While many people rely solely on a will for their estate plan, some people find that establishing a trust is a better choice for their estate. As Forbes notes, trusts can be used alone or alongside a will to help your estate avoid probate, plan for taxes and achieve other financial goals. These trusts can come in two different forms—revocable and irrevocable—and exploring the benefits of both is key to creating an estate plan that suits your needs and goals.

What are irrevocable and revocable trusts?

As the name implies, an irrevocable trust cannot be changed or terminated under most circumstances. Anyone placing their property in an irrevocable trust transfers ownership to that trust, and the terms cannot be changed by the grantor once the trust has been executed.

A revocable trust, on the other hand, can be changed by the grantor as needed. They can alter the terms, adjust the listed beneficiaries or cancel the trust altogether.

What are the advantages of an irrevocable trust?

One reason to choose an irrevocable trust is that transferring ownership of your assets can protect them. While creditors or lawsuits can impact the funds or assets in a revocable trust, an irrevocable trust transfers ownership of those assets to the trust so long as the transfers are not fraudulent. This protects them because they are not legally owned by the grantor of the trust. It may also prevent your assets from use in paying medical bills if you need long-term care in the future.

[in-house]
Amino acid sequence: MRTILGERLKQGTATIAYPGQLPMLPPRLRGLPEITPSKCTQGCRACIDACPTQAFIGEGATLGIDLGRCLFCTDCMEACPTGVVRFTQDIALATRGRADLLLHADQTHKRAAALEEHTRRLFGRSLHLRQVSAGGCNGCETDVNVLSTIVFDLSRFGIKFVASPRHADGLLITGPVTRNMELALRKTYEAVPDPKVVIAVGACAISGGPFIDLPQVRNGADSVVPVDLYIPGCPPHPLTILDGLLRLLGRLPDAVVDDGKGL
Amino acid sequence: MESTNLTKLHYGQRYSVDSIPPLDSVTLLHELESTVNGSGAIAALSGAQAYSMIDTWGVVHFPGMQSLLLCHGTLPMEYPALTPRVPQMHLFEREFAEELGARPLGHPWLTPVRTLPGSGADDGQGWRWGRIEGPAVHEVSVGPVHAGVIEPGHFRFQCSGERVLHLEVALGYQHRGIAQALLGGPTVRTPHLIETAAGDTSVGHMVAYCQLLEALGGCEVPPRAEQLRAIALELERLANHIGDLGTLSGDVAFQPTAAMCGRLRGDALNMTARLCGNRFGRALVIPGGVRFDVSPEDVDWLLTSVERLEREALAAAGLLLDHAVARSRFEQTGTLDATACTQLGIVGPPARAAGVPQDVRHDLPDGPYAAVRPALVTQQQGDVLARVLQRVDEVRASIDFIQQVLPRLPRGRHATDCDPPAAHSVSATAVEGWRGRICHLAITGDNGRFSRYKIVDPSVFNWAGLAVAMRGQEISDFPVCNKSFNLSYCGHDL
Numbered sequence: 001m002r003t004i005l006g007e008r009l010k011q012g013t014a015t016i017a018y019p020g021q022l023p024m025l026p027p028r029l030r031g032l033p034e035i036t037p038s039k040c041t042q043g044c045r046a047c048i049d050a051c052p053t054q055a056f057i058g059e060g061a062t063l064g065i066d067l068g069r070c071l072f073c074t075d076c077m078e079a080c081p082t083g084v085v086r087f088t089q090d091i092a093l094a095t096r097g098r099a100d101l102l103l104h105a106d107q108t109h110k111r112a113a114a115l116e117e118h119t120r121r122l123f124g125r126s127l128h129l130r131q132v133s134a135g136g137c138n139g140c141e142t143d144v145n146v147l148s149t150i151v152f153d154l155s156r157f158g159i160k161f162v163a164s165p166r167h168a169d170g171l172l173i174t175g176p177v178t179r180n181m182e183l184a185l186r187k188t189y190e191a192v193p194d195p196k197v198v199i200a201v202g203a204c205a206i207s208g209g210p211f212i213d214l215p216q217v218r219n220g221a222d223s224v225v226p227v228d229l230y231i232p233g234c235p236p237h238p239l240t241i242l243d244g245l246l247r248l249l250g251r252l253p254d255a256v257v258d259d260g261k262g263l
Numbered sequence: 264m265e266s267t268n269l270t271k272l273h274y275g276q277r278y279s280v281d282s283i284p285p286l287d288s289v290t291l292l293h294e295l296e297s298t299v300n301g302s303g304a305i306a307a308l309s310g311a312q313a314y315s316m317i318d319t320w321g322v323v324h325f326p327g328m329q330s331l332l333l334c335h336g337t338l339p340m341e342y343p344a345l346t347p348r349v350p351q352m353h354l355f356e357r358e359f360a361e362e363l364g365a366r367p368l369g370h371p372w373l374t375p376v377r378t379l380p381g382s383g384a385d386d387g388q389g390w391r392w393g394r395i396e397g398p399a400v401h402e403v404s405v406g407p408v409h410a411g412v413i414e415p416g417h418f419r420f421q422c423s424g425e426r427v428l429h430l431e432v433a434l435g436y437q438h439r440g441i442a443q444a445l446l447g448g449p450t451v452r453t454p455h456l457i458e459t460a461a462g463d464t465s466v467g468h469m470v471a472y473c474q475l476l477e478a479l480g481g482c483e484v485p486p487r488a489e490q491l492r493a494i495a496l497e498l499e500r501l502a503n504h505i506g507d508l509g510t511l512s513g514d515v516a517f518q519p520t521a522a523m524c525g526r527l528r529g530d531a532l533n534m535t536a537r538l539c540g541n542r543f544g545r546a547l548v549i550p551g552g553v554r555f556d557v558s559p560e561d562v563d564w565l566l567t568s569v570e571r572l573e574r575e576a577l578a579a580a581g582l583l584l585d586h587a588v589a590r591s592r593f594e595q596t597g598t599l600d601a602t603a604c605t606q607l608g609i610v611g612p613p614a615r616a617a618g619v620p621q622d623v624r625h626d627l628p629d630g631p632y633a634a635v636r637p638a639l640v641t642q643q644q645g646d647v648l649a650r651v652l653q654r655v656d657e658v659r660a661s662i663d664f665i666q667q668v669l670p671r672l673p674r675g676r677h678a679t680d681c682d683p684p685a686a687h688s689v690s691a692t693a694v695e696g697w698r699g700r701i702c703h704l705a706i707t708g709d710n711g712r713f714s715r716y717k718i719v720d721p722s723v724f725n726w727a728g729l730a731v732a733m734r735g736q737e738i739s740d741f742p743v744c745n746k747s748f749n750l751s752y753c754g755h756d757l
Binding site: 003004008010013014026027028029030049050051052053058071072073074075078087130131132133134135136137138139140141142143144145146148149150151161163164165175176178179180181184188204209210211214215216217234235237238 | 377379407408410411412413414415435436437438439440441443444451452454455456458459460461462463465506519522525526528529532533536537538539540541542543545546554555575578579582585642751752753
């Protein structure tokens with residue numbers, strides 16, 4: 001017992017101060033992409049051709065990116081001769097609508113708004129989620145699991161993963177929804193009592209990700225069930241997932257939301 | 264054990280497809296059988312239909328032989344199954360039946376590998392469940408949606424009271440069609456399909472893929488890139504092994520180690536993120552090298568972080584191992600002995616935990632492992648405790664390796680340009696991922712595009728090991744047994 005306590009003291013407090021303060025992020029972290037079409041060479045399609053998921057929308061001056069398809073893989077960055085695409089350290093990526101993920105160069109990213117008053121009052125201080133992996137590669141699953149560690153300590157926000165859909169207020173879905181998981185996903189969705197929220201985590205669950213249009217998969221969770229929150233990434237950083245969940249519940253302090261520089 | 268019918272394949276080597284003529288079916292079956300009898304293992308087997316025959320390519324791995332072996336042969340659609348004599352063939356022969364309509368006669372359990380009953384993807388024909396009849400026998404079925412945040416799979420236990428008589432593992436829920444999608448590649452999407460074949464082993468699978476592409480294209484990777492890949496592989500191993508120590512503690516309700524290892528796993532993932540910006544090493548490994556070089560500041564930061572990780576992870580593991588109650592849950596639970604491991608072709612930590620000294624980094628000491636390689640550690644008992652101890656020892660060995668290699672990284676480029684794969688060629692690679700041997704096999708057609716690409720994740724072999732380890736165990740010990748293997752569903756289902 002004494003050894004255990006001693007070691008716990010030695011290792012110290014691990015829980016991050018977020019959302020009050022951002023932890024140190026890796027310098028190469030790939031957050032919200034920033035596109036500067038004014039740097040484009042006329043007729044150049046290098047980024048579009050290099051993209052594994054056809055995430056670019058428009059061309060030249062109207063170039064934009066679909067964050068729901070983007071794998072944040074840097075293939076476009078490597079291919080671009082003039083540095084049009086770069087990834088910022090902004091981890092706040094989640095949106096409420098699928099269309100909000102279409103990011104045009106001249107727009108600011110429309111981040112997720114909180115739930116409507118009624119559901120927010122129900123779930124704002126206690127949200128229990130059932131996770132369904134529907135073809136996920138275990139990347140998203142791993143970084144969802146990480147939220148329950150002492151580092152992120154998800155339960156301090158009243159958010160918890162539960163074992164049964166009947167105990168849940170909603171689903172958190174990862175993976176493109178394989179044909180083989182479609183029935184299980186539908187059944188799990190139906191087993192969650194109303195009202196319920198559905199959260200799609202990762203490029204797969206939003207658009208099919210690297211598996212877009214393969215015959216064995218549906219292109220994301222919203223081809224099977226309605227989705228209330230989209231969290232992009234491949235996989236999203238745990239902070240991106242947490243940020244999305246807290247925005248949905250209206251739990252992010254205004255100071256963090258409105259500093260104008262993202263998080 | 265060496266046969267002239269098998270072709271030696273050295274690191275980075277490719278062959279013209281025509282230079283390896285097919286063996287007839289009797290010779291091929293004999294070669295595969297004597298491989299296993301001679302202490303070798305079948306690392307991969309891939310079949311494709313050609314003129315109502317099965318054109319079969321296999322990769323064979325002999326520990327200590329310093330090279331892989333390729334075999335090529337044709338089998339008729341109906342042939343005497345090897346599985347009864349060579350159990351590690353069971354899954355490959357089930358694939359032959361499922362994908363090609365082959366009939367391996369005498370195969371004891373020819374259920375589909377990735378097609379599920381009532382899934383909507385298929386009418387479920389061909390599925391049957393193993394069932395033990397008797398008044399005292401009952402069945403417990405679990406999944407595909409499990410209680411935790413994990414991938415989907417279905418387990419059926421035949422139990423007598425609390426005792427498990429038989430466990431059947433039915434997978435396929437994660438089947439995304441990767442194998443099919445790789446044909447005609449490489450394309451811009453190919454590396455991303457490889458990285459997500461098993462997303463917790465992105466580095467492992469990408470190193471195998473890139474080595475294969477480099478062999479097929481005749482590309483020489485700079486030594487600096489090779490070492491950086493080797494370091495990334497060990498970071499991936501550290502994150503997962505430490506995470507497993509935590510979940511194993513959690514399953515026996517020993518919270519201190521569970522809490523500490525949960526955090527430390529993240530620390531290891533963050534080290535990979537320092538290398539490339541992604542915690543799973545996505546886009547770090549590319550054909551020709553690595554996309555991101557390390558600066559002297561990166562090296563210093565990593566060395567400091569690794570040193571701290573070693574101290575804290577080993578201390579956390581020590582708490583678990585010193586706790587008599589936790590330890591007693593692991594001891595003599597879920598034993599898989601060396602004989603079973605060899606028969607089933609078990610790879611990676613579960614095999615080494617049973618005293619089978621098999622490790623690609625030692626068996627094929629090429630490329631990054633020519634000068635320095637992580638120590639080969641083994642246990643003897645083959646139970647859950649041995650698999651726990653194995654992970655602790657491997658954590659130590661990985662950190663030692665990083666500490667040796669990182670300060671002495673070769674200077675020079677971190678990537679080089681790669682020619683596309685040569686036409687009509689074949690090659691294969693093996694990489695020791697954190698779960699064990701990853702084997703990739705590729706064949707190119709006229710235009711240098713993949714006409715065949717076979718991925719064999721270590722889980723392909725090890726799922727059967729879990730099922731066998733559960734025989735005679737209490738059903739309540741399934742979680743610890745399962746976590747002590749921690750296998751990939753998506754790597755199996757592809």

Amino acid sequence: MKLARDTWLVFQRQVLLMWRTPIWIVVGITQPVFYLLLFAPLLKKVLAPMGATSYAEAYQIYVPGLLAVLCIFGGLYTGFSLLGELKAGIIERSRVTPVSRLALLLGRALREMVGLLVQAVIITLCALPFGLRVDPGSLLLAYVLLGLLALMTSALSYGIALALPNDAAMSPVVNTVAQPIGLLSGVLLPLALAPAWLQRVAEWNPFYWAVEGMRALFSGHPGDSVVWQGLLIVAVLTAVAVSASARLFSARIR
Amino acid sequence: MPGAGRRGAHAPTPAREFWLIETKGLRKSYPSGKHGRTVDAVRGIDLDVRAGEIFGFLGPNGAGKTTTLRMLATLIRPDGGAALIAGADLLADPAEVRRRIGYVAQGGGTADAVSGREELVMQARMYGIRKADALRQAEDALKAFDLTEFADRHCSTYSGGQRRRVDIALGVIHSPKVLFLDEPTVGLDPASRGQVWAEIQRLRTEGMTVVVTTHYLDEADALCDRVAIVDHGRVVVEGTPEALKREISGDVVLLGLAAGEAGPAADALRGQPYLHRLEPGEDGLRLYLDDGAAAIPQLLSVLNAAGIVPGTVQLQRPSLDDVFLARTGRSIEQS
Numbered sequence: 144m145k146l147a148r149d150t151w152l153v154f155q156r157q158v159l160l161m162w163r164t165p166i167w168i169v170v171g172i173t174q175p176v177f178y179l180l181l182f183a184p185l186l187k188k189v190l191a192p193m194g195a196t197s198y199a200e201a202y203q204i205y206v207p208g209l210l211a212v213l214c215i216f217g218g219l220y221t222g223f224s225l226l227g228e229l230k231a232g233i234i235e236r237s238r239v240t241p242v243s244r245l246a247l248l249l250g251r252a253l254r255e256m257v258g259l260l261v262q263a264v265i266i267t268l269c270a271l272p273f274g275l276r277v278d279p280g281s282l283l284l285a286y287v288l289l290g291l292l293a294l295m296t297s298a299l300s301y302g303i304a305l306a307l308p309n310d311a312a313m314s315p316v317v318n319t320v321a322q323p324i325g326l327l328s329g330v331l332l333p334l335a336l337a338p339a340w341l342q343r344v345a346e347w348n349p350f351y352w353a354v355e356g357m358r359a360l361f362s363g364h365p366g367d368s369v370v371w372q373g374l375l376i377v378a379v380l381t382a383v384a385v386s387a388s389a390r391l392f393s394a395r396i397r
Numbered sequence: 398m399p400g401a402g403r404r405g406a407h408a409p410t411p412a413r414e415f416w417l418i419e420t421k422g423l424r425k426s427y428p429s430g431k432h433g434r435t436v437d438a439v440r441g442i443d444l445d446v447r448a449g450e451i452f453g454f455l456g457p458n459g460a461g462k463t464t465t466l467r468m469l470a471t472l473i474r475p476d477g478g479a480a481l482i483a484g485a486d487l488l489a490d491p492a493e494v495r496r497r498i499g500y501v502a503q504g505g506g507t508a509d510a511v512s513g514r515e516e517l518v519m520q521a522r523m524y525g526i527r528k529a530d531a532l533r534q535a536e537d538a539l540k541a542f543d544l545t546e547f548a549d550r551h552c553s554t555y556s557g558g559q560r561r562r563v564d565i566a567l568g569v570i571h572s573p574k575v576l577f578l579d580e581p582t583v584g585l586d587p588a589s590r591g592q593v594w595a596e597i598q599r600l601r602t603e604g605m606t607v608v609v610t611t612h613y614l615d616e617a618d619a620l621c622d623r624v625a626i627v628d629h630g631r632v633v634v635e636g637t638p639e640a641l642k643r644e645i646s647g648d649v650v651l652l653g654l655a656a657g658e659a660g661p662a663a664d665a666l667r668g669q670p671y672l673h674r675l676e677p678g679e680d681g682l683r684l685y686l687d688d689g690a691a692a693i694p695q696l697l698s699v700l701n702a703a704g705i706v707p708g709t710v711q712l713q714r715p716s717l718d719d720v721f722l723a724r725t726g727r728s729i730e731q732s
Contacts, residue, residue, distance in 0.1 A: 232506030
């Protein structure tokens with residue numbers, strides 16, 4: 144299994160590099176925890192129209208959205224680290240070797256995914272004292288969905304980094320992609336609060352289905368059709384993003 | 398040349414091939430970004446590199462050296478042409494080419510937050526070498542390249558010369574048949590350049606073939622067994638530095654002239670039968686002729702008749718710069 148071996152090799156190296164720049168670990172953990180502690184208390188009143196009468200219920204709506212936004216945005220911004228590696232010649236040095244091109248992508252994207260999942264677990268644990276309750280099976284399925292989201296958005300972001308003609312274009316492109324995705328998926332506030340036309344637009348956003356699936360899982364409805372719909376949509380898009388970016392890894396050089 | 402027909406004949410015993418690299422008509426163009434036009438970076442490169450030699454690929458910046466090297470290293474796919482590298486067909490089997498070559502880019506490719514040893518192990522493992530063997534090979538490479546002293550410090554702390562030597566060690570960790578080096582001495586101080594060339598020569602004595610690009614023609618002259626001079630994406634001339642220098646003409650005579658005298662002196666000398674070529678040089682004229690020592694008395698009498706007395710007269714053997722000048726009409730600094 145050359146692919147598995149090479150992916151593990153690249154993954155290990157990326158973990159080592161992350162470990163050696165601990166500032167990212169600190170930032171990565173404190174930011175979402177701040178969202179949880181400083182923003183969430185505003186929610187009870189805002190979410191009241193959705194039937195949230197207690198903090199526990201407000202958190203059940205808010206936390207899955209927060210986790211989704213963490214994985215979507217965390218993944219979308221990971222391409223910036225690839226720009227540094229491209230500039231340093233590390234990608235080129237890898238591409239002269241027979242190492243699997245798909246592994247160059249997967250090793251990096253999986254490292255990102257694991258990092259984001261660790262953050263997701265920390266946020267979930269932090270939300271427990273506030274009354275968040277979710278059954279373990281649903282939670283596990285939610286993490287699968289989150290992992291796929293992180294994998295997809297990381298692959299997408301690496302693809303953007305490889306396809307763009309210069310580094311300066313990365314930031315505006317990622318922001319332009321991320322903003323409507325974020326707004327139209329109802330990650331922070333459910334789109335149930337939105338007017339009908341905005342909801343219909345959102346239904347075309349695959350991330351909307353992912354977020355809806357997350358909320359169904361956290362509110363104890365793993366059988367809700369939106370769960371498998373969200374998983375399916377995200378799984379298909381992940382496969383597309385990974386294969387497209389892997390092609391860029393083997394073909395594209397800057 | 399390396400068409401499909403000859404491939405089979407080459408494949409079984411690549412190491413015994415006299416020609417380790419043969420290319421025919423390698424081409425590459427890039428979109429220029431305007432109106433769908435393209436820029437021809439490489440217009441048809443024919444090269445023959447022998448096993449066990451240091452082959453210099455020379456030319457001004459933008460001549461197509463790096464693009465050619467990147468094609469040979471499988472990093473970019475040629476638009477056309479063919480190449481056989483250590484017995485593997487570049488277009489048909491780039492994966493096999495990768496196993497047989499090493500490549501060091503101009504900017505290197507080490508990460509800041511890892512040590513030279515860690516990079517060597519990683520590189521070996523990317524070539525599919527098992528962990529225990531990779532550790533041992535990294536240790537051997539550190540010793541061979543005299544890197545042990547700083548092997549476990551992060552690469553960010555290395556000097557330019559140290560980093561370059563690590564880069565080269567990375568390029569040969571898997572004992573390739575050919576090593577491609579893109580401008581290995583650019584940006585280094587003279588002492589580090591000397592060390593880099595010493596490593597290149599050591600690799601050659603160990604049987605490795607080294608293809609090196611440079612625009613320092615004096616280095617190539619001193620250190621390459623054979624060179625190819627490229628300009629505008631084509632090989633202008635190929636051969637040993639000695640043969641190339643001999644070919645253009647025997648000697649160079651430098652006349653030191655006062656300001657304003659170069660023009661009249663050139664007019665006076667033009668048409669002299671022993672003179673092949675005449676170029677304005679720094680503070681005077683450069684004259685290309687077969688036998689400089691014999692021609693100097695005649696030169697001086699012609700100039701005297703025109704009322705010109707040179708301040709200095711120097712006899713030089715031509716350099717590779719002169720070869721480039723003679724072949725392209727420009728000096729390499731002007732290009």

Another benefit of an irrevocable trust is that transferring ownership removes these assets from your estate. This can decrease the burden of estate taxes on your family when you pass away.

What are the advantages of a revocable trust?

One of the clearest advantages of a revocable trust is that it allows you to maintain control of your assets. Not only can you alter or revoke the trust as needed, by maintaining ownership of your assets you can use them if circumstances change. You can also lay out guidelines for your trustees to follow if you are incapacitated by illness or injury.

Speaking to an attorney is one of the best ways to determine which type of trust will achieve your goals. With experienced legal counsel, you can create a plan that protects your interests today and upholds your wishes in the future.